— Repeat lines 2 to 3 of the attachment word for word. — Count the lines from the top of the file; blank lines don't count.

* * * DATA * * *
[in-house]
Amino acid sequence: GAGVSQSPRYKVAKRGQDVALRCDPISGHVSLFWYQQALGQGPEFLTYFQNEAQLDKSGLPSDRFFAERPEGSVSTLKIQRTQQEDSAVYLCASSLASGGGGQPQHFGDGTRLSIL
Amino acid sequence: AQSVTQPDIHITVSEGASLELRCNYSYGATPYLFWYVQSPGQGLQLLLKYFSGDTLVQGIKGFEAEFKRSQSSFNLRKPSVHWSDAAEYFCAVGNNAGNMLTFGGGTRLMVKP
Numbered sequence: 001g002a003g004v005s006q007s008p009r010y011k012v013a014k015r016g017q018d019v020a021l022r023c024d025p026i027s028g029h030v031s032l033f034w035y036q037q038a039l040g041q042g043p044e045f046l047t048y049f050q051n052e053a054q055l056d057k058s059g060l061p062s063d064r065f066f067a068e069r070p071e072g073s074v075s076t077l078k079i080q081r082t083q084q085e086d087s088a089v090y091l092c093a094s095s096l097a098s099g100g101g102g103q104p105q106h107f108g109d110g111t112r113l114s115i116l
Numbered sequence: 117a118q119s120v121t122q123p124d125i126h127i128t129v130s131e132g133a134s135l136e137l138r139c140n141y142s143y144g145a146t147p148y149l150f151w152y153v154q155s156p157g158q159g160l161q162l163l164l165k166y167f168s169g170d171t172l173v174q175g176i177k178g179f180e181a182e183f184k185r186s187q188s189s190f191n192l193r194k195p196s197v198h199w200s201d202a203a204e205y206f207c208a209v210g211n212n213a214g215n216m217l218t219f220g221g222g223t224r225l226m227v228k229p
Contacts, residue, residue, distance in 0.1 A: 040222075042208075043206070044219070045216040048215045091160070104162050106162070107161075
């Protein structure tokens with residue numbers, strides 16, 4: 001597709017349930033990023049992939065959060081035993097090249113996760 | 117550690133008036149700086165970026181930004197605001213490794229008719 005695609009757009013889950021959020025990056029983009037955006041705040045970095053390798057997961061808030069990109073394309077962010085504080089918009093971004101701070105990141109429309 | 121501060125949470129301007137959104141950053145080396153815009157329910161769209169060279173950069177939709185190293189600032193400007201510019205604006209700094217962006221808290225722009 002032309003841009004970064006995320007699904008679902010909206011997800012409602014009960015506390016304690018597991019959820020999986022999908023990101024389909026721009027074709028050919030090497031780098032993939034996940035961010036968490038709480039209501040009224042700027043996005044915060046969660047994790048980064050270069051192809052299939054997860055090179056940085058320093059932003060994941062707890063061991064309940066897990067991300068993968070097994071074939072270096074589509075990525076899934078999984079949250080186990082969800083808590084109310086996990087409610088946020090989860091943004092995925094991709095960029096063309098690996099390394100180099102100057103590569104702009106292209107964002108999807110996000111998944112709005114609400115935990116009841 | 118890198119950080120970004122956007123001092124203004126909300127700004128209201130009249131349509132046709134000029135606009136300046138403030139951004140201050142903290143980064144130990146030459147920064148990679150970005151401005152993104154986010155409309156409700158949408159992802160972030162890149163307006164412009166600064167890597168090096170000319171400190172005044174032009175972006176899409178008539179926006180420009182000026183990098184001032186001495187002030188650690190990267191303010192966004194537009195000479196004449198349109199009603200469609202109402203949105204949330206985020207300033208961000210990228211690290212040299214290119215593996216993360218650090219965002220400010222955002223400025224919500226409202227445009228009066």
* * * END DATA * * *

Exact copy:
Amino acid sequence: GAGVSQSPRYKVAKRGQDVALRCDPISGHVSLFWYQQALGQGPEFLTYFQNEAQLDKSGLPSDRFFAERPEGSVSTLKIQRTQQEDSAVYLCASSLASGGGGQPQHFGDGTRLSIL
Amino acid sequence: AQSVTQPDIHITVSEGASLELRCNYSYGATPYLFWYVQSPGQGLQLLLKYFSGDTLVQGIKGFEAEFKRSQSSFNLRKPSVHWSDAAEYFCAVGNNAGNMLTFGGGTRLMVKP